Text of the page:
Colorado midterm election results

As the dust settled over the political landscape this morning, it seemed, statewide, last November’s blue wave seems to have receded. The $4 million campaign to permanently eliminate Taxpayer’s Bill of Rights-mandated state tax refunds via Proposition CC failed by a 55-45 margin, delighting conservatives, Republicans and Americans for Prosperity, the Koch-funded juggernaut that led the opposition.

Prop CC polled well earlier in the year, encouraging its backers and funders. Yet their $1.5 million campaign was eclipsed by AFP’s $4 million war chest. The money may not have been that important though, as CC supporters had to counter claims that the ballot language was deliberately deceptive.

The text:

“Without raising taxes and to better fund public schools, higher education, and roads, bridges, and transit, within a balanced budget, may the state keep and spend all the revenue it annually collects after June 30, 2019, but is not currently allowed to keep and spend under Colorado law, with an annual independent audit to show how the retained revenues are spent?”

Opponents claimed, not without reason, that it was the first salvo of an attack on TABOR itself and would foreclose future such refunds. Supporters didn’t have a convincing answer, and waited until October to launch their campaign.

By contrast, the “no” campaign was omnipresent on social media for months, as well as using traditional political advertising. Prominent anti-CC signs greeted motorists entering and leaving Woodland Park, anti-CC mailers flooded mailboxes and supporters found it difficult to explain the measure’s murky ballot language.

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Prop CC’s unpopularity almost took down Proposition DD as well, a measure that would tax sports betting in licensed casinos and use the proceeds to fund state water projects. After trailing in early results, the measure led this morning by 50.5 – 49.5 percent margin.

Locally, voters overwhelmingly supported measures 2B and 2C. The former renews the five-year “pothole tax” first approved in 2015, for another five years, albeit at slightly lower rate. The latter permits the city to retain $7 million in excess revenues, to be used to fund specific improvements to parks and trails.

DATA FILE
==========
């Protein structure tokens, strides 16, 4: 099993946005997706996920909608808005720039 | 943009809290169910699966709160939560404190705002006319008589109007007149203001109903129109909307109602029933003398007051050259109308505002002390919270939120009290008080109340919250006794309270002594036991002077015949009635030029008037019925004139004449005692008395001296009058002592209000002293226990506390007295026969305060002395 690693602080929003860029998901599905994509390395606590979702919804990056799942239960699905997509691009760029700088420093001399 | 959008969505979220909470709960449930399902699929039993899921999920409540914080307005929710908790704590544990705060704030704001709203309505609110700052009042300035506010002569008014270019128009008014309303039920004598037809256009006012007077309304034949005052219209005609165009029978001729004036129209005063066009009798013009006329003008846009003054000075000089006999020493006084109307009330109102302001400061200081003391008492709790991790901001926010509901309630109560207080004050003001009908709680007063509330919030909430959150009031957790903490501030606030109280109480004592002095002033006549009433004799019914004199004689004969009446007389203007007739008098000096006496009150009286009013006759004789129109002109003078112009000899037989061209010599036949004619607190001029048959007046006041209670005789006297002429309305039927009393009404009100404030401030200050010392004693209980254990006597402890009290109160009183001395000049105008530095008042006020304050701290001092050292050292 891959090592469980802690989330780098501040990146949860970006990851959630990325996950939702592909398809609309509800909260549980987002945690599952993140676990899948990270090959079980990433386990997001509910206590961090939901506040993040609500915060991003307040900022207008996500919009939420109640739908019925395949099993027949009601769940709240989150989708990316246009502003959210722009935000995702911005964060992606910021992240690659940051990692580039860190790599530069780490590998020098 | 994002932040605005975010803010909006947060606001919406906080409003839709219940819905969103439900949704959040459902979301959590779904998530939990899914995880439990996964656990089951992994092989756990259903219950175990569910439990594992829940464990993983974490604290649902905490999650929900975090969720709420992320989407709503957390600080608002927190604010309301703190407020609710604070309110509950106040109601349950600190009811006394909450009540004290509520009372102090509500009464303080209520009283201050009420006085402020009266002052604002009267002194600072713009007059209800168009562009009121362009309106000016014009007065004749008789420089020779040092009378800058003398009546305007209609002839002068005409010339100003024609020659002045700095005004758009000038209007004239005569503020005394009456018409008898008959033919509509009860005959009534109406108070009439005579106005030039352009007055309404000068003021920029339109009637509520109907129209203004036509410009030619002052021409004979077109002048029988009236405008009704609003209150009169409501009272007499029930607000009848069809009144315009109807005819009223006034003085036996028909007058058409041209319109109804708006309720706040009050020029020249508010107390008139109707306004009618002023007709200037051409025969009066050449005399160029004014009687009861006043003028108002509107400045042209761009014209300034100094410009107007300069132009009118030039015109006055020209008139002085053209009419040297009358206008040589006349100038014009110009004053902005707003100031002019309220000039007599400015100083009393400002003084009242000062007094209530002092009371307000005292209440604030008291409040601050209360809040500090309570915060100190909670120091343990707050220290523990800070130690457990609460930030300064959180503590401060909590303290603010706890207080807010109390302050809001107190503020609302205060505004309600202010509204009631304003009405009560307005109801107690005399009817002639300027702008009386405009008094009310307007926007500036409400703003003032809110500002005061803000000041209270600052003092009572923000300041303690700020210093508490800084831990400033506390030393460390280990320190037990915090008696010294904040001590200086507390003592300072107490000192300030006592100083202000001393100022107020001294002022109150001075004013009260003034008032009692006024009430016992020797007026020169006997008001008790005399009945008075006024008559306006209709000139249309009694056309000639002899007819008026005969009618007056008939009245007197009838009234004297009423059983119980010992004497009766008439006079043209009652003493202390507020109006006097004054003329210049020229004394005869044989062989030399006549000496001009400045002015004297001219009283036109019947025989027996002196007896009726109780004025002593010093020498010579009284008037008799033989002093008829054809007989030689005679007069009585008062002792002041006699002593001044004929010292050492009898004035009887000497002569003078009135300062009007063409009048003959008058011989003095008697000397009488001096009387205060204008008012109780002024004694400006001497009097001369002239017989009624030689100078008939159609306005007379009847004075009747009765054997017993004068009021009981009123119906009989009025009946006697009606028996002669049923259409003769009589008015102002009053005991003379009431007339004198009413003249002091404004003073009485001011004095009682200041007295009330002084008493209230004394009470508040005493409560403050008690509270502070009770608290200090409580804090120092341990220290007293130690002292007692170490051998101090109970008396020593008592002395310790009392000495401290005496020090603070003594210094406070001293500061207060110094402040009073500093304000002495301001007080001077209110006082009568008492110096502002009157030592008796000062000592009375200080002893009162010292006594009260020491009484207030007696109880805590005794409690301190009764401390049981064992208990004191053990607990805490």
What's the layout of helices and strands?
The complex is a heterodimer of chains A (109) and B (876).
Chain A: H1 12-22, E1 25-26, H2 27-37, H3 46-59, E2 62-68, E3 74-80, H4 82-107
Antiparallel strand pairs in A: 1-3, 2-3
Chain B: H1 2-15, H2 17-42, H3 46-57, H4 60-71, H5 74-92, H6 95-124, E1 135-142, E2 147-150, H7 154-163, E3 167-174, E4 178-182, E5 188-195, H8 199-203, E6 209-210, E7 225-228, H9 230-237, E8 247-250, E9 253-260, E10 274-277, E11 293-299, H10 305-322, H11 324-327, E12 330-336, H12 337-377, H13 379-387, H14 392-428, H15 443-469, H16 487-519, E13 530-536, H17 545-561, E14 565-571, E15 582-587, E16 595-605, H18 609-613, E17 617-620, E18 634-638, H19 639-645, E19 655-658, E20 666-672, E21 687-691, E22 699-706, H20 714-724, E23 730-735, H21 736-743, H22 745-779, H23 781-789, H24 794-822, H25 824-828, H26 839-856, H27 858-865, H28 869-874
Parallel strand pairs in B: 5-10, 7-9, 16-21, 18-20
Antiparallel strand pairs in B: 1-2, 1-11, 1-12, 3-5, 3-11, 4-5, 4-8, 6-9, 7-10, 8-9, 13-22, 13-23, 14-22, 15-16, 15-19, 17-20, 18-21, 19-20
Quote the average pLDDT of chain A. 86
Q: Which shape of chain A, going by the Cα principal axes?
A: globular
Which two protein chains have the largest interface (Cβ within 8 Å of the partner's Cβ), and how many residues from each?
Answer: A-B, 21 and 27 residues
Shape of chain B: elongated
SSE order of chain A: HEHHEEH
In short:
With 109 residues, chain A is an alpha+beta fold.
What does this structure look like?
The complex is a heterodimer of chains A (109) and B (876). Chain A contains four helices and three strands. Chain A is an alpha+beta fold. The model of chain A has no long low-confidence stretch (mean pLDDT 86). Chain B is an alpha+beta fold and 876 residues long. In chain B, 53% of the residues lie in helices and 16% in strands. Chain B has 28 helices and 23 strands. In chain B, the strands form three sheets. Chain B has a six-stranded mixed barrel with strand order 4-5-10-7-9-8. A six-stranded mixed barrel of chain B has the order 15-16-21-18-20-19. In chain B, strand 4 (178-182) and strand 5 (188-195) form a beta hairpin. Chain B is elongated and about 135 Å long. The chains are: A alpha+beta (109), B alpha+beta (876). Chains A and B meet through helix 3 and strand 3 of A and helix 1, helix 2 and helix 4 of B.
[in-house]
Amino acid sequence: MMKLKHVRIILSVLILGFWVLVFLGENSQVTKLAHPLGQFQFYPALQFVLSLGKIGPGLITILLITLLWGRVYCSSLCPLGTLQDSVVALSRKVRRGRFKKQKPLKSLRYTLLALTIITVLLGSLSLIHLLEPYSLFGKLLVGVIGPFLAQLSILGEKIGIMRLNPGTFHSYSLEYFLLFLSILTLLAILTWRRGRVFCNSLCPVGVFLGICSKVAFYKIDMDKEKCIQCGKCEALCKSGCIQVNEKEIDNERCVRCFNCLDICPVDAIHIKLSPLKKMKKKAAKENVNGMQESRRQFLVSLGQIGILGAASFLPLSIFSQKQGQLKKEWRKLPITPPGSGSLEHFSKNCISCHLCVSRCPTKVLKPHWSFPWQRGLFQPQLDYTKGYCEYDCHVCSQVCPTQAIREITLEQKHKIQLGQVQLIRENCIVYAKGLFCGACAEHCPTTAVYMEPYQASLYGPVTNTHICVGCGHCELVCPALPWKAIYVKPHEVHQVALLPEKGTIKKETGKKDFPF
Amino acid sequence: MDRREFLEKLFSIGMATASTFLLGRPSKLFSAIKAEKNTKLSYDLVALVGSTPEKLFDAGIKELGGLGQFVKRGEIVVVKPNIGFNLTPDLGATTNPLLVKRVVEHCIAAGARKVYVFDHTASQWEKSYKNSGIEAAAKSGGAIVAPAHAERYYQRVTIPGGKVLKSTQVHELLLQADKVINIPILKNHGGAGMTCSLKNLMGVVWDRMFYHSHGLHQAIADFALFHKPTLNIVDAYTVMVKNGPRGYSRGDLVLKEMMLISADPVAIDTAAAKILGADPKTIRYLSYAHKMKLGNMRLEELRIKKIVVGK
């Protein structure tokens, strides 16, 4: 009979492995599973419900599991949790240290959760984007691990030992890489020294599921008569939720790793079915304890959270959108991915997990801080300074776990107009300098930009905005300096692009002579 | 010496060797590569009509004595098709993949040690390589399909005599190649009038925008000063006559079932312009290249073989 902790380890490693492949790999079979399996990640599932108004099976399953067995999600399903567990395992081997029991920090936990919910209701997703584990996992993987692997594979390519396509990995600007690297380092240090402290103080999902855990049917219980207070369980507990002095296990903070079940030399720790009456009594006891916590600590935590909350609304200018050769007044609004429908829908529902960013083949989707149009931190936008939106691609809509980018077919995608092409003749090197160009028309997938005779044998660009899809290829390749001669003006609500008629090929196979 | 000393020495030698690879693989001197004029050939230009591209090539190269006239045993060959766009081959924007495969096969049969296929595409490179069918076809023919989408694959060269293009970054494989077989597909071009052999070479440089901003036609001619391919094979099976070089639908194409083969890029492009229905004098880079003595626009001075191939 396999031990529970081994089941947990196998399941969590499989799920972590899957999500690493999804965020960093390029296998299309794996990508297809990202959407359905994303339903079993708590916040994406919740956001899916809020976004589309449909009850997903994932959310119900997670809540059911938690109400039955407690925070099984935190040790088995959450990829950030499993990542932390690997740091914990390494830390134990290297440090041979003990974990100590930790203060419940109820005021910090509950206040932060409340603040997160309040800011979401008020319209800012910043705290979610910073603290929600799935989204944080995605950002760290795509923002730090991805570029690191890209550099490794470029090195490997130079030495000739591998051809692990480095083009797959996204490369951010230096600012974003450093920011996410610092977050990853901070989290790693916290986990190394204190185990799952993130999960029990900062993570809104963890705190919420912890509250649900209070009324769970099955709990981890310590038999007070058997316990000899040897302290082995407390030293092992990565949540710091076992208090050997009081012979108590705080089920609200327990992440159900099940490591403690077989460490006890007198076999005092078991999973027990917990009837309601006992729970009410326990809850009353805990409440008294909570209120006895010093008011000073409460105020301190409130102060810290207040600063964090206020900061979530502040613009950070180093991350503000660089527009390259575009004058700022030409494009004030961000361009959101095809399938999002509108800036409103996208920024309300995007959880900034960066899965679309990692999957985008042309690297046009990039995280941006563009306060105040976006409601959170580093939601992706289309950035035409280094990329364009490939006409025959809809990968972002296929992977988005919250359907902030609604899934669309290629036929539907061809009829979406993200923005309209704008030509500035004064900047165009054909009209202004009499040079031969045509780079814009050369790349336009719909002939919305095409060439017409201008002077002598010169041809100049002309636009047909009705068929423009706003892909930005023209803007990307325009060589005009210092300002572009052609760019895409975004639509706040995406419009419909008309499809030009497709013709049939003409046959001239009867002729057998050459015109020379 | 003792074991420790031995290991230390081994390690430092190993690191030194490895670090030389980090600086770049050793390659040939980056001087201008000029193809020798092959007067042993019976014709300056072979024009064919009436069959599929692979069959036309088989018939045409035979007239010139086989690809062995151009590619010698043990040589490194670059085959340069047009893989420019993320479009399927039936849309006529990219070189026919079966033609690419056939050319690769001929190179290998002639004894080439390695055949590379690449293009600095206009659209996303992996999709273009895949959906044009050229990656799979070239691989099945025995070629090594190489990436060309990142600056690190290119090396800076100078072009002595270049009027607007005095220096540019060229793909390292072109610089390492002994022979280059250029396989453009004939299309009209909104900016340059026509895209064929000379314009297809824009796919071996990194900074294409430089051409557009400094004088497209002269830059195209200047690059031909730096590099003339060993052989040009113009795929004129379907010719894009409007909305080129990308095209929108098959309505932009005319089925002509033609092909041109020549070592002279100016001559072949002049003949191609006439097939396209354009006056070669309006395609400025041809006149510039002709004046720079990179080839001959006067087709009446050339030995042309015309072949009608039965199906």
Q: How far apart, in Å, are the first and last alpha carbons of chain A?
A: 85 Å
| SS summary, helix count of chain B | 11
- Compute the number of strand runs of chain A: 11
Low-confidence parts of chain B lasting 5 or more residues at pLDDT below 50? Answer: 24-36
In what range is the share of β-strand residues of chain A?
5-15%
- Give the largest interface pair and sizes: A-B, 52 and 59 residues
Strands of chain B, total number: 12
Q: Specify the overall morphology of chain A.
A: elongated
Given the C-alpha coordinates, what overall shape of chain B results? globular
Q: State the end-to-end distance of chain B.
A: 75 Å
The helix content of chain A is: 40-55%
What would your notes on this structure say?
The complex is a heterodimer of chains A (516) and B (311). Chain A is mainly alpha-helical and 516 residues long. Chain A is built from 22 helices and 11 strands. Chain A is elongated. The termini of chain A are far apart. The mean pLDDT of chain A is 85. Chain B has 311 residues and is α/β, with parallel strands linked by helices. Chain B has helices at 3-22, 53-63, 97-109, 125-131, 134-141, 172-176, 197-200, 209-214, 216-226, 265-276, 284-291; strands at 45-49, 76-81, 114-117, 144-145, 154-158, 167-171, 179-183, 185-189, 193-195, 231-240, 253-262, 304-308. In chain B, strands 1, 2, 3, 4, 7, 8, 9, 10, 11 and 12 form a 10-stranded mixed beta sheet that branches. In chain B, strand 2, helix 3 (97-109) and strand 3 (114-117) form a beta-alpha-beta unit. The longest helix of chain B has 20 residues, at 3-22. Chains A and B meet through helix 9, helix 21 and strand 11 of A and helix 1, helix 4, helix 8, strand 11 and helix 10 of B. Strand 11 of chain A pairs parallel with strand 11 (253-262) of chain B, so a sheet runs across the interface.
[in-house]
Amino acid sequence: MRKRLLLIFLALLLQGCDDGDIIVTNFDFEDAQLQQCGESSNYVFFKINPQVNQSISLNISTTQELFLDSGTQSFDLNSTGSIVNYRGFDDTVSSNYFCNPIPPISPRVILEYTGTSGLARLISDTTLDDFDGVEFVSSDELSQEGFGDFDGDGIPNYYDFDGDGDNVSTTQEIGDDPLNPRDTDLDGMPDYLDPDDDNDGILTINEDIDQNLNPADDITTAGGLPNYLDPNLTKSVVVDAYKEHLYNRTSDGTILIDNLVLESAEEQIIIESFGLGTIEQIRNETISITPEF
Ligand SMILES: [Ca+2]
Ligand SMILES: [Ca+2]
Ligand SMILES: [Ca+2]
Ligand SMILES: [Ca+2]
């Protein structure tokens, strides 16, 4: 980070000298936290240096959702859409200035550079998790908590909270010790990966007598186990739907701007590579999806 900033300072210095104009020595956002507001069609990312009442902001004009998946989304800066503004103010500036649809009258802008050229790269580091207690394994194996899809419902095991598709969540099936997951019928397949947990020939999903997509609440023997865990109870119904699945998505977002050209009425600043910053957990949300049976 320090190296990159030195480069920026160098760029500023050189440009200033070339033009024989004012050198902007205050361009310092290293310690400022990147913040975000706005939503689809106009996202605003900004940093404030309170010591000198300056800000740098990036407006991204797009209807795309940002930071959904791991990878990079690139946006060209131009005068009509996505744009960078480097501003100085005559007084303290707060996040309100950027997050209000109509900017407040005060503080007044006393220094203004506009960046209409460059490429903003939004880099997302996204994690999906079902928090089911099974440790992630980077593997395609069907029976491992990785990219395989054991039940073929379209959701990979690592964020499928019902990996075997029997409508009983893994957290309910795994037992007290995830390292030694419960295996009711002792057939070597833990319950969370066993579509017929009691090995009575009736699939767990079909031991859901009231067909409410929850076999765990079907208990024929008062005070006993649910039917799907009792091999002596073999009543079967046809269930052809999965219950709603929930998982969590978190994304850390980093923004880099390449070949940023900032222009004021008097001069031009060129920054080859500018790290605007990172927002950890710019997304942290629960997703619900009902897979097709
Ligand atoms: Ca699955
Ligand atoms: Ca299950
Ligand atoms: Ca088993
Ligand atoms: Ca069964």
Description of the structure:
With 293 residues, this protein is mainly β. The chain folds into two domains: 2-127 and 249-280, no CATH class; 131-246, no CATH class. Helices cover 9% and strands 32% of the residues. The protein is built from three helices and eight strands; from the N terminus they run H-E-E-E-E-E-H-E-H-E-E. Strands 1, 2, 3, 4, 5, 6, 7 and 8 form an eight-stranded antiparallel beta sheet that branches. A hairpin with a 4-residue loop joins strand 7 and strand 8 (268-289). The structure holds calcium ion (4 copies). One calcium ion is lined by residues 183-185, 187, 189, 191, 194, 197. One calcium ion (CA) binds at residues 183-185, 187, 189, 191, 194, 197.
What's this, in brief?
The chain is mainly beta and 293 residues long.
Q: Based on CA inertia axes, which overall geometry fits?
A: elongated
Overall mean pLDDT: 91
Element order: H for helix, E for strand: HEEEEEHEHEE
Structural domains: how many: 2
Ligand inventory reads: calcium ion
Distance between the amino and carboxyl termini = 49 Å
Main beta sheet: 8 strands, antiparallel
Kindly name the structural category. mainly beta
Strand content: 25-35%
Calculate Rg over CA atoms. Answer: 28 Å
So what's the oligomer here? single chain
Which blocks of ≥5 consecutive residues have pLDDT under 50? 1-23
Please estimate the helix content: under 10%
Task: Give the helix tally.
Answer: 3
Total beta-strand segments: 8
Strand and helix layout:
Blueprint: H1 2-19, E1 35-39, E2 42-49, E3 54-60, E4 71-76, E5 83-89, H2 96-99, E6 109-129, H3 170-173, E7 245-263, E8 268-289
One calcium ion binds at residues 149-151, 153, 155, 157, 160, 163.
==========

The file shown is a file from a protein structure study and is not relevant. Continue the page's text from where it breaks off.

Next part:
Every election has winners and losers, and this one was no exception.

Winners: After the debacle of 2018, Colorado Republicans have made a dramatic recovery. The long liberal dream of getting rid of TABOR’s onerous restrictions is officially over, and voters have sent a strong signal to Gov. Jared Polis and the Democrats who control both houses of the Legislature. It’s simple: Back off! Democrats may think twice about forcing through measures that are anathema to Republican minorities, such as permitting state workers to unionize.

And while voters in the Denver metro area rejected multiple local tax increases for supposedly essential expenditures, including jails in Arapahoe and Jefferson counties, Springs Mayor John Suthers easily persuaded the normally tax-averse voters of Colorado Springs to open their wallets for roads and parks.

Can ecstatic Republicans build on these triumphs next November? As Senate Minority Leader Chris Holbert pointed out last night, “[Proposition CC failed] despite the full endorsement of the Democratic power trifecta in Colorado.”

Republicans scored another win in Aurora, where former GOP Congressman Mike Coffman beat out four rivals to become the city’s mayor, a non-partisan office.

Losers: It was a bad night for Democrats and their ideological fellow travelers. Despite their control of state government, Colorado voters aren’t ready to give the donkeys an unlimited hall pass. Dems may need to collaborate, compromise and listen to their relatively powerless legislative partners, or risk becoming irrelevant themselves next November.

And as always, it’ll be fun to watch. Final takeaway: will John Suthers run for governor against Polis in 2022?

 

 

 

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